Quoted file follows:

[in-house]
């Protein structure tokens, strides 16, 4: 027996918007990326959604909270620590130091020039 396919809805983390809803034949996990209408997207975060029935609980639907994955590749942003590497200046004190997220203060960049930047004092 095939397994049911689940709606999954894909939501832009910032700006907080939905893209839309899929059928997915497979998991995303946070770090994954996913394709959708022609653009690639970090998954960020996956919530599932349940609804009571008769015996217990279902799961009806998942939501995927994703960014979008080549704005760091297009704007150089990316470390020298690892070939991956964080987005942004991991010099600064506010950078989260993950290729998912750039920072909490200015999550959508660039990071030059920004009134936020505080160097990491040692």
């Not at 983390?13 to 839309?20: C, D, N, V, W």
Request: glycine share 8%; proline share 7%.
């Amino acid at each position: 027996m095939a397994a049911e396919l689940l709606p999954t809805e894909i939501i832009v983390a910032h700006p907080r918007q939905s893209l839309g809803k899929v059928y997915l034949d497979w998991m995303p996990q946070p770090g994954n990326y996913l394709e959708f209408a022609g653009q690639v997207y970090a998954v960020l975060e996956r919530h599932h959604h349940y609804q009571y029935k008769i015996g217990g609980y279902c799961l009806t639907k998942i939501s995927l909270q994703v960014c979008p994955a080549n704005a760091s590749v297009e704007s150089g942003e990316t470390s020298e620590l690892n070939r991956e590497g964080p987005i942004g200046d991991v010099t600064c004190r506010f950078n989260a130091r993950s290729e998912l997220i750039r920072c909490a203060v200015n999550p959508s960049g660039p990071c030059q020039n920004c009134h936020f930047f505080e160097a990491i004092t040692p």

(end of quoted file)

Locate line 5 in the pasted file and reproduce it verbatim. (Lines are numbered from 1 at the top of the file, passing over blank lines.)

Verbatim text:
């Amino acid at each position: 027996m095939a397994a049911e396919l689940l709606p999954t809805e894909i939501i832009v983390a910032h700006p907080r918007q939905s893209l839309g809803k899929v059928y997915l034949d497979w998991m995303p996990q946070p770090g994954n990326y996913l394709e959708f209408a022609g653009q690639v997207y970090a998954v960020l975060e996956r919530h599932h959604h349940y609804q009571y029935k008769i015996g217990g609980y279902c799961l009806t639907k998942i939501s995927l909270q994703v960014c979008p994955a080549n704005a760091s590749v297009e704007s150089g942003e990316t470390s020298e620590l690892n070939r991956e590497g964080p987005i942004g200046d991991v010099t600064c004190r506010f950078n989260a130091r993950s290729e998912l997220i750039r920072c909490a203060v200015n999550p959508s960049g660039p990071c030059q020039n920004c009134h936020f930047f505080e160097a990491i004092t040692p």